Morgan Bracy

Hopes, dreams, aspirations. We all have them. Tennessee-raised Morgan Bracy? Take the ambition to get there and multiply it by 10. As Bracy learned however, all the ambition in the world doesn't make the road to success easy. She says it best - "Life’s not the picture that I read about when I was a kid.” She decided to dive into music in a land of endless talent, shipping off to Nashville to refine her craft. It hasn't been easy, but her minds certainly in the right spot:"I've had my ups and my low downs where I've almost abandoned music.  But even down there, I could never tear myself away. That's when this baseline thought came to me: Who cares if no one else gets it and if it's not commercial. I have to do it for me. And I still believed there were people that I'd connect with if I did."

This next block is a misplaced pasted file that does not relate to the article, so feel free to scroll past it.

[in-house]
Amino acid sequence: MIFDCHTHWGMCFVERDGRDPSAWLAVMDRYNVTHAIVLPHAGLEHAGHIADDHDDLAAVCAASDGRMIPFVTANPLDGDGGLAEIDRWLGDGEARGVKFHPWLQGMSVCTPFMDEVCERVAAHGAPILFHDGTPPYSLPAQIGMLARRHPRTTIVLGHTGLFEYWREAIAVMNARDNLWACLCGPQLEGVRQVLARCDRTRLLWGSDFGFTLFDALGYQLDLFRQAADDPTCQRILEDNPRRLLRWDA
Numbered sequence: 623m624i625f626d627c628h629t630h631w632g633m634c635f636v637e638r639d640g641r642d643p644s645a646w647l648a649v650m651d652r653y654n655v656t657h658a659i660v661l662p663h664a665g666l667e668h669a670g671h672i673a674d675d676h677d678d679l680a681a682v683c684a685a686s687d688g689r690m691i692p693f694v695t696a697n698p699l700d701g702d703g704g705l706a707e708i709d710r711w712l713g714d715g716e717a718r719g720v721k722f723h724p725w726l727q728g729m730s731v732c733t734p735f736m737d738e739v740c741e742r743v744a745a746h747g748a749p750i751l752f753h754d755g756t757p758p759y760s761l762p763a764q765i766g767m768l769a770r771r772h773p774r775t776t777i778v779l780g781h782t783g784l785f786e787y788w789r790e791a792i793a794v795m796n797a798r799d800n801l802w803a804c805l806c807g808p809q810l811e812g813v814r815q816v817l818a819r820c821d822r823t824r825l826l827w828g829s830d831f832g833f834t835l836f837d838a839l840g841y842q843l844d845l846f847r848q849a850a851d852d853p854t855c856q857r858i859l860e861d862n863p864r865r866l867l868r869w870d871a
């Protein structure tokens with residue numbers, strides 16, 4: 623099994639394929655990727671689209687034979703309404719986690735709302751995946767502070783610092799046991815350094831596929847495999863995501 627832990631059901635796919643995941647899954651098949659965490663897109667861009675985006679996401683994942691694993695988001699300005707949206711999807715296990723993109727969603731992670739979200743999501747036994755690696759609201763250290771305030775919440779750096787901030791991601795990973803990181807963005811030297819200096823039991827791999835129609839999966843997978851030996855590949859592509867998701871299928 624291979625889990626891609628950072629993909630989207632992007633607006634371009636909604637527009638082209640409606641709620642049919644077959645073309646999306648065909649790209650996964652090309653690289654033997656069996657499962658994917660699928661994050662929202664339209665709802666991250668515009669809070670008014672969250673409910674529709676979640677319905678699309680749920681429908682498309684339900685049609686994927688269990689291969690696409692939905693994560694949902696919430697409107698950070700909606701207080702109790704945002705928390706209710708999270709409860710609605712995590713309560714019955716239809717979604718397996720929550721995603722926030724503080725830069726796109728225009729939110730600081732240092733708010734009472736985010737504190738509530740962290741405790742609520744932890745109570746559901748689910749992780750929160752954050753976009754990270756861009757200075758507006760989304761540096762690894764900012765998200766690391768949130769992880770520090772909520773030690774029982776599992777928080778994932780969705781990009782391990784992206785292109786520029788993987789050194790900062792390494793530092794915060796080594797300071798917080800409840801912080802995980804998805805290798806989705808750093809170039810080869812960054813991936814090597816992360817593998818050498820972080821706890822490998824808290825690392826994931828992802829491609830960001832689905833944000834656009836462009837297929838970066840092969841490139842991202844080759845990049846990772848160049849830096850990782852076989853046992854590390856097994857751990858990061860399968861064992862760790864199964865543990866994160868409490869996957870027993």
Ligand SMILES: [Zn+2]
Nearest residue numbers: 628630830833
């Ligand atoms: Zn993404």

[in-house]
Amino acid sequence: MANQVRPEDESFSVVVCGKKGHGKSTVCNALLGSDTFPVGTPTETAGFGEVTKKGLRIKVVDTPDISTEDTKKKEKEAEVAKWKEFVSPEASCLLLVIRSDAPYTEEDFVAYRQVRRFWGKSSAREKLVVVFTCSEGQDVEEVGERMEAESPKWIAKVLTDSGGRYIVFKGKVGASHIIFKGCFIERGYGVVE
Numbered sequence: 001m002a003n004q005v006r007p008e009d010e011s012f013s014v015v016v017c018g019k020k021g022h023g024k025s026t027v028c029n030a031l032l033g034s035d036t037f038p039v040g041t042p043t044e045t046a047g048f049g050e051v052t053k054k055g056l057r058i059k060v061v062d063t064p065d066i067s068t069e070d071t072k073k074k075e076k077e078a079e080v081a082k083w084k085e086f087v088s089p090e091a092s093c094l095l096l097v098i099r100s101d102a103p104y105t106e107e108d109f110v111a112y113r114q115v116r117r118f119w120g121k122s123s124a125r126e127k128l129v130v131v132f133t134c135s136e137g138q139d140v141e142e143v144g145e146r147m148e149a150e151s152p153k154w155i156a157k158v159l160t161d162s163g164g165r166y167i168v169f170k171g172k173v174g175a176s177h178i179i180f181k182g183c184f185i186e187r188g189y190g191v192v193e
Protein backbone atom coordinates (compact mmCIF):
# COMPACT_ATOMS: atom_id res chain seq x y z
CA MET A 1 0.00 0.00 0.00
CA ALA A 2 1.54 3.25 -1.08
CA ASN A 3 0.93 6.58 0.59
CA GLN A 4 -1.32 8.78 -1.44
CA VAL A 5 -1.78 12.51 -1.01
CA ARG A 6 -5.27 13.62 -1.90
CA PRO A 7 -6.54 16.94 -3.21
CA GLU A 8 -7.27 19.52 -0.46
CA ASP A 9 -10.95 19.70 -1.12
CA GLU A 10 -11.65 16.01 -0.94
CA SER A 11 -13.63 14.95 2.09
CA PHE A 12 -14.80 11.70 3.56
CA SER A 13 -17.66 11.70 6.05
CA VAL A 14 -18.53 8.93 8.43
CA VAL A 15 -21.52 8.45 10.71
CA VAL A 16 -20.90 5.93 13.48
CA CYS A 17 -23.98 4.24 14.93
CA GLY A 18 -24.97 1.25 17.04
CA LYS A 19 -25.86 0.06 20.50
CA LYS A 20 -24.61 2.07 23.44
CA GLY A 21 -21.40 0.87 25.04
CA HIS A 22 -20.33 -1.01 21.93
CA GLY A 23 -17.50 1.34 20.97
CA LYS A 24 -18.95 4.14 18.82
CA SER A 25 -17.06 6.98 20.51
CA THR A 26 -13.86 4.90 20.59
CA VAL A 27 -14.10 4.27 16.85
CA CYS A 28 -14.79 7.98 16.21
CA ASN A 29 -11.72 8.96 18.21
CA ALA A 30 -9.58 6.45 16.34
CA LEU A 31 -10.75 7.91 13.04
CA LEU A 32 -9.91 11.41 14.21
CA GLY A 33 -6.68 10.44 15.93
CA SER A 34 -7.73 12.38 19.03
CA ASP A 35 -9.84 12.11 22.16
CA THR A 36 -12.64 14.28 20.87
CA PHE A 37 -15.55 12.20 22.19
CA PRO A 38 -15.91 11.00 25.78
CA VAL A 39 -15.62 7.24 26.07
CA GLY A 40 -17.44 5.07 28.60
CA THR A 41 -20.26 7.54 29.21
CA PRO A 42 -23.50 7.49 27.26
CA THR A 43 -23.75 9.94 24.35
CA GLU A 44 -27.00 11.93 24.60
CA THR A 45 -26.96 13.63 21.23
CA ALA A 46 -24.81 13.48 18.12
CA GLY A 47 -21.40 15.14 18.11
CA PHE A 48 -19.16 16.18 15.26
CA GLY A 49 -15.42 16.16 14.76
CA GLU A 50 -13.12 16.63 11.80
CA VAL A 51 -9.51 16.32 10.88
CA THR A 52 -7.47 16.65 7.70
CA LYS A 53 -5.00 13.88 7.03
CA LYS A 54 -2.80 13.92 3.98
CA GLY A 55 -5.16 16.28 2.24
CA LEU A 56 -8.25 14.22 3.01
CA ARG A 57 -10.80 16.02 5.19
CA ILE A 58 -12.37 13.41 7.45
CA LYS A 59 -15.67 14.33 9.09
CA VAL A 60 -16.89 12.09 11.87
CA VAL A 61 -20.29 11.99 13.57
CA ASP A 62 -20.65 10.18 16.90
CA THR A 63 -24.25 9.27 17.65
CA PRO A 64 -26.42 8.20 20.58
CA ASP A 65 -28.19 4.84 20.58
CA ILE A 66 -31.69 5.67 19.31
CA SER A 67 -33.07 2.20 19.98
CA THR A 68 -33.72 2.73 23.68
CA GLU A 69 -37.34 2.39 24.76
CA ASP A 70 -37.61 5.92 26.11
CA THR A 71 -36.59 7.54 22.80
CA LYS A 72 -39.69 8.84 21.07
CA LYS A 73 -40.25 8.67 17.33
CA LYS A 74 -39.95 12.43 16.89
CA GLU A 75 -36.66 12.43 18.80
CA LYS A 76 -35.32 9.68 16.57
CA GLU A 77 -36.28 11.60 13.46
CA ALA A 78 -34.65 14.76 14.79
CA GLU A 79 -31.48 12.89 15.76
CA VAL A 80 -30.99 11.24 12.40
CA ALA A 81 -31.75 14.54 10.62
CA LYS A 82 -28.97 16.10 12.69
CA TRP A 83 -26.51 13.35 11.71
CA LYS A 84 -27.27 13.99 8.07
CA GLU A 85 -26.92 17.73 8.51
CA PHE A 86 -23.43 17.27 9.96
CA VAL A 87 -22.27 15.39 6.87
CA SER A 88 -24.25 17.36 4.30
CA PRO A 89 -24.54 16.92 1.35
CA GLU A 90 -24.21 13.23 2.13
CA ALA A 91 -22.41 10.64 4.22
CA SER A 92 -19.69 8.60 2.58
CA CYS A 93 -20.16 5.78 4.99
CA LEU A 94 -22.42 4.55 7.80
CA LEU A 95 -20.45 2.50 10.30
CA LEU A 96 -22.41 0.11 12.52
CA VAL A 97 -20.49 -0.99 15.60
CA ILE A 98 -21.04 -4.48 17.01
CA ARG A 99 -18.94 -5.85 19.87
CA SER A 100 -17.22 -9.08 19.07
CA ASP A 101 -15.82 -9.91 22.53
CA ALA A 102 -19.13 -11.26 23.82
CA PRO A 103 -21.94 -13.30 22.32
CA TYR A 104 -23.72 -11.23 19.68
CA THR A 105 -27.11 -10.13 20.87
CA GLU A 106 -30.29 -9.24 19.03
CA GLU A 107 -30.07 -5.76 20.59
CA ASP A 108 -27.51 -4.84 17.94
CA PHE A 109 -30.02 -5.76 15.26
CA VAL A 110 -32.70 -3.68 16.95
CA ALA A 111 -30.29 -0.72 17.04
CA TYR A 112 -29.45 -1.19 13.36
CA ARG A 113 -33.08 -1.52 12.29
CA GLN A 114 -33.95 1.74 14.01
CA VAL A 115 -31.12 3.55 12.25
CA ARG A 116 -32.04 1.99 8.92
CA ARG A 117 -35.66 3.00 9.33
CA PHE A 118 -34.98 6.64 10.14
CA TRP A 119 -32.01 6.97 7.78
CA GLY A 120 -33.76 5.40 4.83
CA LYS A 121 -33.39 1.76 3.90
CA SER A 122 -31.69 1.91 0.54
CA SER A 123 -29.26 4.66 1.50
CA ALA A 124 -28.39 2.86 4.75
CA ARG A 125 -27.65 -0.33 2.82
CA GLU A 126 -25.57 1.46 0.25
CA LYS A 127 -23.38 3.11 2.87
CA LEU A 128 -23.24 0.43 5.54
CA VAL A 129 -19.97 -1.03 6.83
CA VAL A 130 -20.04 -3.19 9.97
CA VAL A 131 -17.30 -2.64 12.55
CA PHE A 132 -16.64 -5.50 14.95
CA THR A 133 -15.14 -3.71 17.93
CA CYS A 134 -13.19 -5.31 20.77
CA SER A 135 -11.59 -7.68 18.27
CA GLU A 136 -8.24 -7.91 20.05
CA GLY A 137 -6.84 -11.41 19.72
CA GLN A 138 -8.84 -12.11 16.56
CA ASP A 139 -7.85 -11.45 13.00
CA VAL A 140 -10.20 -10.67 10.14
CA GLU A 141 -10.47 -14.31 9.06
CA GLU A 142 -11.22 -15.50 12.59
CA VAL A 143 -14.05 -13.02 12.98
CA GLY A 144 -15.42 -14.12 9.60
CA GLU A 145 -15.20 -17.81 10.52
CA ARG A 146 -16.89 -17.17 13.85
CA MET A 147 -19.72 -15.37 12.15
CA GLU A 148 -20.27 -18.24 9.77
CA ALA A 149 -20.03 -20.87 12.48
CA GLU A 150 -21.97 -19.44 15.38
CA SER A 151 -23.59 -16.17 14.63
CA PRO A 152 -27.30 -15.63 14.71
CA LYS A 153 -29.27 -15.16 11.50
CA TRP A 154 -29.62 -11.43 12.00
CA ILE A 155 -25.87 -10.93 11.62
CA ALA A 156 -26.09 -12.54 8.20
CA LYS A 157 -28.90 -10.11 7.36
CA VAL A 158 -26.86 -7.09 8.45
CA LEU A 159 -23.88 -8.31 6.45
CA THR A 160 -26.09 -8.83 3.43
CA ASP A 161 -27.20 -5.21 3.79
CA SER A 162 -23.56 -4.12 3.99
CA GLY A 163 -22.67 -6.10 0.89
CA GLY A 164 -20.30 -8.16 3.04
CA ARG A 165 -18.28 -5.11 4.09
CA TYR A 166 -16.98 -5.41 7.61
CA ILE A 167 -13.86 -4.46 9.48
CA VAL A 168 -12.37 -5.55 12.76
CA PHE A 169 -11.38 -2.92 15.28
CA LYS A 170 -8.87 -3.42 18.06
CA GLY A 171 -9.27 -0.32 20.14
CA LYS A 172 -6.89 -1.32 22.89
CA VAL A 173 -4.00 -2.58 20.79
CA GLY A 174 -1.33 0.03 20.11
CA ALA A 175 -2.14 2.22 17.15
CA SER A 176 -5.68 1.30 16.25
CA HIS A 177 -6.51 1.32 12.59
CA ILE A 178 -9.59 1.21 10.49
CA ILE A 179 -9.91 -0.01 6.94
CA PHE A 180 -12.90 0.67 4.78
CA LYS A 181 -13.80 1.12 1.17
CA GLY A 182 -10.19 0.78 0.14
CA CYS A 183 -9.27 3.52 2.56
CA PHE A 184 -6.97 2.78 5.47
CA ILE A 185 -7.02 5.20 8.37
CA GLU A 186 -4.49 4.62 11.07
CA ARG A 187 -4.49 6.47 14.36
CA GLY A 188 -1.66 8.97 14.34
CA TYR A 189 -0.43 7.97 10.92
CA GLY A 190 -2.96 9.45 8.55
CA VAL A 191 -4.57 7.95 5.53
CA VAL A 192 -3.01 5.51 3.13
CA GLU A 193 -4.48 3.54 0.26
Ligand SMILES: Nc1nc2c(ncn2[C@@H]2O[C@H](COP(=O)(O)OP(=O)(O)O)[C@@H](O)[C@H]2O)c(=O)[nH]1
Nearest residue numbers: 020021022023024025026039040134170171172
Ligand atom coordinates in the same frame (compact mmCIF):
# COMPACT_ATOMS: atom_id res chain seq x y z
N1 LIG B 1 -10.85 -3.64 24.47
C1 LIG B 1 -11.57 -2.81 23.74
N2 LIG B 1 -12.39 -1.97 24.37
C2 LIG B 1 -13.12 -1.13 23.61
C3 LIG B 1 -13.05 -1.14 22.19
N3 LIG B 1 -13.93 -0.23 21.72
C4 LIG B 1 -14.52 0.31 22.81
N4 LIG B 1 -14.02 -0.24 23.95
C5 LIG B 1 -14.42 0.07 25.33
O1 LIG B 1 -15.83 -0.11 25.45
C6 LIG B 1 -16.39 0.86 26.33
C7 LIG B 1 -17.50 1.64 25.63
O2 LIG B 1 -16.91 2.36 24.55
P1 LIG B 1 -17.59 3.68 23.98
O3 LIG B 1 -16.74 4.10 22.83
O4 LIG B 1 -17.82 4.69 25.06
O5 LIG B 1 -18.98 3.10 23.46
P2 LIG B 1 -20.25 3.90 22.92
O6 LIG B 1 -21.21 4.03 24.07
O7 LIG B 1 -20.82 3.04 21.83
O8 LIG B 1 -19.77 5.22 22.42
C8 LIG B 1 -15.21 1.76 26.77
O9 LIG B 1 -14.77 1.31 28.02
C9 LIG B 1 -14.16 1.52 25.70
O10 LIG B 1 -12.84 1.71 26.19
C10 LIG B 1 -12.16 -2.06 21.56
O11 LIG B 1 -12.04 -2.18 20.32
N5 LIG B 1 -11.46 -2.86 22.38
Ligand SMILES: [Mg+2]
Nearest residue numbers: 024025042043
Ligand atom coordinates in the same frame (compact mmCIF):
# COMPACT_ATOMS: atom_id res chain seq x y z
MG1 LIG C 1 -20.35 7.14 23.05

Bracy's latest effort is titled "End of Cinderella", a record she calls "a concept album about fairytales going wrong and how that's not such a bad thing." She continues on about the project: "You think you want to go down this lovely gold-laden street instead of that muddy trail.  But you must go down the bumpy trail.  It wipes you out.  It gets you muddy and bruised, but then you discover these amazing treasures about yourself and the end result is much more beautiful." Real good stuff - you'll realize how perfect a fit the work is once you sample Morgan's sound, a mix of "vulnerability and honesty".
She's busy right now making more EP's - not only her own, but a project called Lovechild Zombie with Joel Jacks as well. Check it all out! There's a bunch more to read about, so keep reading for all the answers to the XXQ's.

XXQs: Morgan Bracy

PensEyeView.com (PEV): How would you describe your sound and what do you feel makes you stand out over the others in your genre?